Many parents want to know how to communicate efficiently and more frequently with their kids. This is becoming increasingly difficult as time goes by for several reasons, not the least of which is that parents and children are leading very different lives in the same home. The need to hustle through life doing as much as possible is becoming a very big problem as parents and their kids are swiftly becoming the metaphorical ships that pass each other in the night, never connecting but always knowing that the other is there.
There are ways around this, but they require work and attention from both parties. Parents often try to initiate the first contact but fall short because they have forgotten how to relate to their own children. Children on the other hand have become so engrossed in their own lives, sometimes at the behest of their parents, that they can no longer relate to those who care for them the most. It is a very tragic cycle that affects many families and can be remedied with one simple act, by talking to each other.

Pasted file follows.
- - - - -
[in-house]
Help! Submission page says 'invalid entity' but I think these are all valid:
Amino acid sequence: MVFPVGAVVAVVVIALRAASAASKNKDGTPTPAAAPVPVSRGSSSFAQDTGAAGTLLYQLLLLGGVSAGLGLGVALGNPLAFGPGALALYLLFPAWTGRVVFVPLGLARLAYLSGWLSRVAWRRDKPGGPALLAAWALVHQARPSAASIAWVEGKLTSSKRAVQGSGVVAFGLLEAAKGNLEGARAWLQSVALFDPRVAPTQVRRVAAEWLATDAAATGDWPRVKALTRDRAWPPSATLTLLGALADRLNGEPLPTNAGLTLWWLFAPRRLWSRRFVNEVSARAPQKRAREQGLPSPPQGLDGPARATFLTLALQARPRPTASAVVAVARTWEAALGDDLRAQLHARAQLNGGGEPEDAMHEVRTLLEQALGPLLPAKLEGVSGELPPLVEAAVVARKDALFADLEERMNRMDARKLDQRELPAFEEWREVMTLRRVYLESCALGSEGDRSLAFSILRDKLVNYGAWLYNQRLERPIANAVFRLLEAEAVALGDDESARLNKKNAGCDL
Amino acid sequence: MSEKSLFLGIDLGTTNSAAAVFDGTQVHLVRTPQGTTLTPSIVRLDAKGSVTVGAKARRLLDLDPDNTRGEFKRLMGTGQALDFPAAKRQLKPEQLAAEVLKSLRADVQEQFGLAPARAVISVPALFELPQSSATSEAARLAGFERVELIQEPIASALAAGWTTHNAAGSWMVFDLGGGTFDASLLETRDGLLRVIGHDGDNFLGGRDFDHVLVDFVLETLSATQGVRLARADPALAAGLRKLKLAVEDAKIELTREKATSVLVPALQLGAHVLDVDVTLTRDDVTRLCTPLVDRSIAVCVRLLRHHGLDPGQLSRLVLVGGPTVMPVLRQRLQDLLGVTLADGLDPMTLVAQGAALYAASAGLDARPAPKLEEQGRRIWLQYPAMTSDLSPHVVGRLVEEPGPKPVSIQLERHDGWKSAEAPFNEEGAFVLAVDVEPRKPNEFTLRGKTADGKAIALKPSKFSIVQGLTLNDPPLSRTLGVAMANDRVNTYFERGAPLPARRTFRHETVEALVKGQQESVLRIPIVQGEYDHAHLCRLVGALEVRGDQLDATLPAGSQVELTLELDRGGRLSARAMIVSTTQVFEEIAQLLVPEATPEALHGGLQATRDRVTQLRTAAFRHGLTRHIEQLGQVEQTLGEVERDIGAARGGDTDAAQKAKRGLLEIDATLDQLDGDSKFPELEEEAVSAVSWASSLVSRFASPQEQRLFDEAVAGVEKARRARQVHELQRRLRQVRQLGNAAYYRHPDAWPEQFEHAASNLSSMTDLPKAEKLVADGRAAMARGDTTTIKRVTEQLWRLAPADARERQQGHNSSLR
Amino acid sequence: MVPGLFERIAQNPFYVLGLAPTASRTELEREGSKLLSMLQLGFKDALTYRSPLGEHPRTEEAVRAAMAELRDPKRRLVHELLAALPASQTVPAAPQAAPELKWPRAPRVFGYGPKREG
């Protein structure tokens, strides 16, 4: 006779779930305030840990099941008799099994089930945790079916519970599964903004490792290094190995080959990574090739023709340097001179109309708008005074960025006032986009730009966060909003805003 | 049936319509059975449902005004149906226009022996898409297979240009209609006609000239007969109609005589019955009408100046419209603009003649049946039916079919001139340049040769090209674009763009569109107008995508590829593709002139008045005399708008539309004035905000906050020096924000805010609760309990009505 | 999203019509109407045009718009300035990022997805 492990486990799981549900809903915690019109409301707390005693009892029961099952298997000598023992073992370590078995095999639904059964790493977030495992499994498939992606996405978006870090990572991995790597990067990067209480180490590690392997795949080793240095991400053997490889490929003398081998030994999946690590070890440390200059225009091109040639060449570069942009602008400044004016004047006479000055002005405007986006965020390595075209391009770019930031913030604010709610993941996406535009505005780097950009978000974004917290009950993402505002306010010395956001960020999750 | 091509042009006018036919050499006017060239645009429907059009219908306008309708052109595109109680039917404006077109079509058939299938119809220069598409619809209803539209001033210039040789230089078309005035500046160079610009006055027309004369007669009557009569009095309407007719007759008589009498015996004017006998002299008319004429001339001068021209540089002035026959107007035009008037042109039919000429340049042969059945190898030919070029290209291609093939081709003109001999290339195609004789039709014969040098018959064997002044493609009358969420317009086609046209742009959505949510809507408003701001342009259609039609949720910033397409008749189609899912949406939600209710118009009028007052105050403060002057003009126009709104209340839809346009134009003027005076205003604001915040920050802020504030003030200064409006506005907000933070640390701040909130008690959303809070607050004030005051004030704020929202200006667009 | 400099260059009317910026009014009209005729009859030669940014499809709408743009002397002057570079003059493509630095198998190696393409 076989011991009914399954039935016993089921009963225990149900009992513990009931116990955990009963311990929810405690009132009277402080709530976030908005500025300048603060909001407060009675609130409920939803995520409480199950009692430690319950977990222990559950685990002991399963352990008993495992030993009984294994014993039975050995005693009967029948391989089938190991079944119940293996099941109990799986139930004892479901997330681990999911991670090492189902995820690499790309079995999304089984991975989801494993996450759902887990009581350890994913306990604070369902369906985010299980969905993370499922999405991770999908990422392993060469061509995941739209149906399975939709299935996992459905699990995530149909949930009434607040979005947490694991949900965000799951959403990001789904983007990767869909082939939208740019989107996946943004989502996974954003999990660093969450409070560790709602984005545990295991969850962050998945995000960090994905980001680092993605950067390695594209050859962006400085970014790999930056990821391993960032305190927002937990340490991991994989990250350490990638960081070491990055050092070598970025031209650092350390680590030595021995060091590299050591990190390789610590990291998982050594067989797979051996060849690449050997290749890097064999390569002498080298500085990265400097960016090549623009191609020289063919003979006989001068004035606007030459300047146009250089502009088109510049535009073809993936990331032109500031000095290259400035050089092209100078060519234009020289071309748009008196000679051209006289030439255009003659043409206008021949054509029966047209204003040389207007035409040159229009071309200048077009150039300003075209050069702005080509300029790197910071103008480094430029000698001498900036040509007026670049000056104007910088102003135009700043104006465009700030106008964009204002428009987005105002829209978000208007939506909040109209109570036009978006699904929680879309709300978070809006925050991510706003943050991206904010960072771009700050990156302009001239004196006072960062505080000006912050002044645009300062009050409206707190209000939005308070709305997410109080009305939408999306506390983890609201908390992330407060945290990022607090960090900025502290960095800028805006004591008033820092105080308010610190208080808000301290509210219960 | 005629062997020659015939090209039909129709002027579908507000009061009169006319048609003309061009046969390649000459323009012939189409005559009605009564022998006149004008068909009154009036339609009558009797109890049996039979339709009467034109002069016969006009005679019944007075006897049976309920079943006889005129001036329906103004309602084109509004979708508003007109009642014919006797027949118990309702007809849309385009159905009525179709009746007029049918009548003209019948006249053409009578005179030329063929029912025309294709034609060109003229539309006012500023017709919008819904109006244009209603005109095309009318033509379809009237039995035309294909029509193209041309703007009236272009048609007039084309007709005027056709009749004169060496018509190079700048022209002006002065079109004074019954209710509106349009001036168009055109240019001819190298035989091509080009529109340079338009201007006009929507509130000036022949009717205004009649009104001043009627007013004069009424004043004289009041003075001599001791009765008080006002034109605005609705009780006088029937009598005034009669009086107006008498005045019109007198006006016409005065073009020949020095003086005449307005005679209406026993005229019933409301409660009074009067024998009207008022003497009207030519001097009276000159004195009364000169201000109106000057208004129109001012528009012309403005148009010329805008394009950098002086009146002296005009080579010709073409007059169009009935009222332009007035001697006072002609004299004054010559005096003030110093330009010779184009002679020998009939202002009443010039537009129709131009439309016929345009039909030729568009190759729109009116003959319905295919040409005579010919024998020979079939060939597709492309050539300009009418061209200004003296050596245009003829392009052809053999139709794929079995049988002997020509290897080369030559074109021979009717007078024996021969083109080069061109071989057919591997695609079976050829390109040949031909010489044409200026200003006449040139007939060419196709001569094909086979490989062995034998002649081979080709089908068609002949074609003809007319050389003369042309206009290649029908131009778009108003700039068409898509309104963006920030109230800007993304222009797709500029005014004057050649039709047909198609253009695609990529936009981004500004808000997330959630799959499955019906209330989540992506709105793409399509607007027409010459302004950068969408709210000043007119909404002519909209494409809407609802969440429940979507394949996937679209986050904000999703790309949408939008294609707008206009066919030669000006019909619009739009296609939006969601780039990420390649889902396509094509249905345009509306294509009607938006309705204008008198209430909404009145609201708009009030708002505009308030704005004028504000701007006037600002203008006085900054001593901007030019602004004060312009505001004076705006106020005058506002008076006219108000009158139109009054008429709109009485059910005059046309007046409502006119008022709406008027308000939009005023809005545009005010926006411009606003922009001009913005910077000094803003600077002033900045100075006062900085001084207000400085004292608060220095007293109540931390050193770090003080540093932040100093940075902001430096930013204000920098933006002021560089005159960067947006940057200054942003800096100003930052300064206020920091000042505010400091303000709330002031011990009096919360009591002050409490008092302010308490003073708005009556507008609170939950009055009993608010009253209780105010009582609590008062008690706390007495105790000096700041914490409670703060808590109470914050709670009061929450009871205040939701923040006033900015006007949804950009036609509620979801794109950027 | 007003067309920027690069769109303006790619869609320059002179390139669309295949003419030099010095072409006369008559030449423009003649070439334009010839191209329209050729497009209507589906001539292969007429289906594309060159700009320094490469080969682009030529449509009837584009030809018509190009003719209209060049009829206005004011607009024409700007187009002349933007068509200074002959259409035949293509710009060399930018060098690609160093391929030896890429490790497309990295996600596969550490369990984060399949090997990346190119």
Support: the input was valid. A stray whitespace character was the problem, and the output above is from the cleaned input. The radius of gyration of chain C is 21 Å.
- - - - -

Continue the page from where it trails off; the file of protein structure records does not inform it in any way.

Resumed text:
Too many families are distant to one another because of a lack of communication. this problem can be remedied.
1) Express interest in each other.
As I said above the problem with communication between parents and children is a decided lack of common ground that exists between parent and child. Even if neither knows what goes on in the average day of the other, make a concentrated effort to find out. Ask your child about their day or offer some amusing anecdote about your own day. The worst that can happen is that they won’t listen. They will at least remember that you put forth the effort. I can recall many conversations with my parents that didn’t reach anything resembling common ground until I became an adult, at which point our relationship was already strained. Showing interest early in life is key to good communication.
2) Ask open-ended questions.
Don’t bother asking them how their day was. Chances are you will receive a single-word answer such as “Fine” or “Okay”. If you really want to know ask a question such as “Did you do anything interesting today?” Remember to show real interest, otherwise the answer you get might be the same grunt or monosyllabic affirmative or negative that you’ve become so used to. While I wasn’t a talker, my parents made the common mistake of asking “How was your day?” on a constant basis, which became the proverbial broken record that many kids come to despise.
3) Just talk to each other.
Don’t let anything be taboo. You don’t have to talk about their day, or even your day. Just find something to talk about and make the words come. It could be something simple or complex, all you have to do is continue the conversation. Silence between family members isn’t always golden.